Other COMPLETELY different thing would be to translate the SAME phrase, "Señor, ¿cuál es SU oficina?" to English... That would open A WIDE RANGE of possibilities since "SU" has a lot of different meanings depending of whom we are talking about.

Hope I helped some of you someway.


I wrote, "Señor, ¿cuál es la oficina de usted?", and that worked as well


Ok wait, up to now we have used tu, the informal, with senor. According to my latin american friend, the katin american Spanish, which is the form we are learning here, is less formal.


Why did we use 'su' here ?


Why is there no usage of usted here?


Usted means you. You aren't the subject of the sentence, the office is.


I dont understand this at all. Why is su here??


Su is the form that goes with él, ella, and usted. In this case, it means your.


Marked wrong for "cuál oficina es la tuya?" :/


How to remember cual = which?


Strange.Speaking about possession (your ) if you say senor you have to use formal su, if you say senora you dont have and can usetu`.Espanol es lengua muy interesante.A veces lengua muy divertida tambien !:)


Señor and señora both use su.


Does don not also mean sir


I believe that "don" is Spanish for Esq./Esquire.


why is qual es su despacho wrong? Why is qual es el su despacho right?


I am fairly certain that "qual" is not a word.


I understand that su goes with Ud, but, does that mean, whenever I see Senor or Senora, it is always Ud? In America and Australia there is likely few or any Uds., if you know what our cultures are like [familiar], so I'd like to absorb this now and not offend someone.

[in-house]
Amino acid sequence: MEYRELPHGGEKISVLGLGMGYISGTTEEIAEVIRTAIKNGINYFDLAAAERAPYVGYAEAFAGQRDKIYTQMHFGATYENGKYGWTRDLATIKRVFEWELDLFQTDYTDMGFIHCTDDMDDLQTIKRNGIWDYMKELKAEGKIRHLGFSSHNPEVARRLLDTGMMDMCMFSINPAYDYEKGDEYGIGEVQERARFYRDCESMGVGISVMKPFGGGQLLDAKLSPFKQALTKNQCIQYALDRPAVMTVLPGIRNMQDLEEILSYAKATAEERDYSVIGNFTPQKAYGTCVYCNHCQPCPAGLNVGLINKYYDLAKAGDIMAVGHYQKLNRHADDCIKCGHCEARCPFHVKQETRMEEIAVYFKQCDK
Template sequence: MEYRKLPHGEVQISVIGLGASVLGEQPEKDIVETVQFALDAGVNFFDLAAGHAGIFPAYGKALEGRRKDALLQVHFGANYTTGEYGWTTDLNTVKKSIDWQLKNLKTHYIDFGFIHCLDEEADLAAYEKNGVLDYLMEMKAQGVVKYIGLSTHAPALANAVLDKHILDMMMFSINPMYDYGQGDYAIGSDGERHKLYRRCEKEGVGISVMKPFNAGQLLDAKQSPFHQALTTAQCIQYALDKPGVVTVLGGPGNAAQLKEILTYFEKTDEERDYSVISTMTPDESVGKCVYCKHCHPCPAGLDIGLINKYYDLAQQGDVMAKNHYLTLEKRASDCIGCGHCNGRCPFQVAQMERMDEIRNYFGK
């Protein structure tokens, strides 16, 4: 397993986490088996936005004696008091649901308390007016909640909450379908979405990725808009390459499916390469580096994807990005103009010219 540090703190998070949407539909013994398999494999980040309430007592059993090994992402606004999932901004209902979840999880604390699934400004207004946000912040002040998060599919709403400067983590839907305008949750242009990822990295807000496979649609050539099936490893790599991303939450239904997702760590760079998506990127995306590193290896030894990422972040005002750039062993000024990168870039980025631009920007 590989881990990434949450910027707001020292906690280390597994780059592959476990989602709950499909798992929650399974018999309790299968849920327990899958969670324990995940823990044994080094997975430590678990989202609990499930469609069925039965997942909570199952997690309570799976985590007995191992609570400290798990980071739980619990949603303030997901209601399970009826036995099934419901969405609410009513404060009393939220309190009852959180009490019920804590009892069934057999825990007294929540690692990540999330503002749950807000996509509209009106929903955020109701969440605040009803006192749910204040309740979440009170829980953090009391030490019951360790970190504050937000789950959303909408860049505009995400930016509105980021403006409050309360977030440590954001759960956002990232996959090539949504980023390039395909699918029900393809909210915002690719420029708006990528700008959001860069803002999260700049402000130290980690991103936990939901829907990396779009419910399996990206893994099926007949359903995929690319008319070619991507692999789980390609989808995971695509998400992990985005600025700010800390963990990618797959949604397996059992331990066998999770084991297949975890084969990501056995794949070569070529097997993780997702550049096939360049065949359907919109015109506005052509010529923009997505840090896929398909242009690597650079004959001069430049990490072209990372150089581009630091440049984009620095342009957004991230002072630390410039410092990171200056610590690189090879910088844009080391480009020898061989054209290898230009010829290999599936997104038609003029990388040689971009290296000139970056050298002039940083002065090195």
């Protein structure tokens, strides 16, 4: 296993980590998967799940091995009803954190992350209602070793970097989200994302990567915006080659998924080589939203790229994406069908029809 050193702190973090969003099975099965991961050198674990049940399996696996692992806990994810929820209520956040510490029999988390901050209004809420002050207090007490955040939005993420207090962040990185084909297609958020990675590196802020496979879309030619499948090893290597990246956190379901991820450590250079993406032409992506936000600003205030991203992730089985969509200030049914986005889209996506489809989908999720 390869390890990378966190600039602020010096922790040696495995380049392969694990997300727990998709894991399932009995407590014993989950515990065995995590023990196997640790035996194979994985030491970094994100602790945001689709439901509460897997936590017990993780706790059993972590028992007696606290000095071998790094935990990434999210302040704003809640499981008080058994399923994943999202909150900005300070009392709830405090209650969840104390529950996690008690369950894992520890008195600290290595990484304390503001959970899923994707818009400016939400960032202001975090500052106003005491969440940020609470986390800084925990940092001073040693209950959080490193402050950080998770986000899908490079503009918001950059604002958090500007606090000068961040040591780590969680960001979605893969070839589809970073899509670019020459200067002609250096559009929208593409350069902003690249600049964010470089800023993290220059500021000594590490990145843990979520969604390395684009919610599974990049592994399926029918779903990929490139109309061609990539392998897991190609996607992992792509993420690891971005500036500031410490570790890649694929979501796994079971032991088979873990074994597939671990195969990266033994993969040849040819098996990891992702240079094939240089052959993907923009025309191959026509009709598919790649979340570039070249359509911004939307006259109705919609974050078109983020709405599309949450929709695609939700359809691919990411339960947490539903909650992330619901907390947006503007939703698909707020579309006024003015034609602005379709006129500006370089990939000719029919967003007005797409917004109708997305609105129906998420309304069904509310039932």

From what I have heard from native Spanish speakers, it's a pretty good rule of thumb to always use the usted form when addressing a stranger or someone you are not close friends with. I am not a native speaker myself, however, this is just what I have heard.


That's also what my grandmother taught me...speak respectful to elders and strangers, unless or until you have permission (from them) to do otherwise (...or get scolded by her!).


You said "...whenever I see Señor...". Obviously, it matters who is being addressed. When talking about the señor, that in itself does not require formality. When you speak to the Señor, it should be formal and in this exercise, use su.


Why is this wrong? "Señor, cuál oficina es suyo?"


I don't think it's necessarily wrong, I imagine the only reason that it wouldn't be accepted is that it has a different sentence structure ("which office is yours" instead of "which is your office"). Semantically, they mean about the same thing, but it's unreasonable to expect Duolingo to include every possible semantic equivalent.


LA oficina => cuál oficina es suya?


Can't it also be: Señor, ¿Cual es la oficina suya?


Kind of, however I do not believe that it would be accepted because it has a different sentence structure ("which office is yours" instead of "which is your office"). Semantically, they mean about the same thing, but it's unreasonable to expect Duolingo to include every possible semantic equivalent.


i thought your was tu as well..im so confused.


It is. "Su" is the usted form, which is considered more formal. An indicator to use the usted form is the sir/señor at the beginning of the sentence.


I have been studying that estar should be used when refering to location. Why do we use ser in this sentence?


Well, youre not wrong. But theyre not REALLY asking about the location of the office.

You see, the person is asking WHICH is your office, not WHERE. Theres a big difference between the two. Its like asking "which (one of these) is your sandwich" vs "where is your sandwich".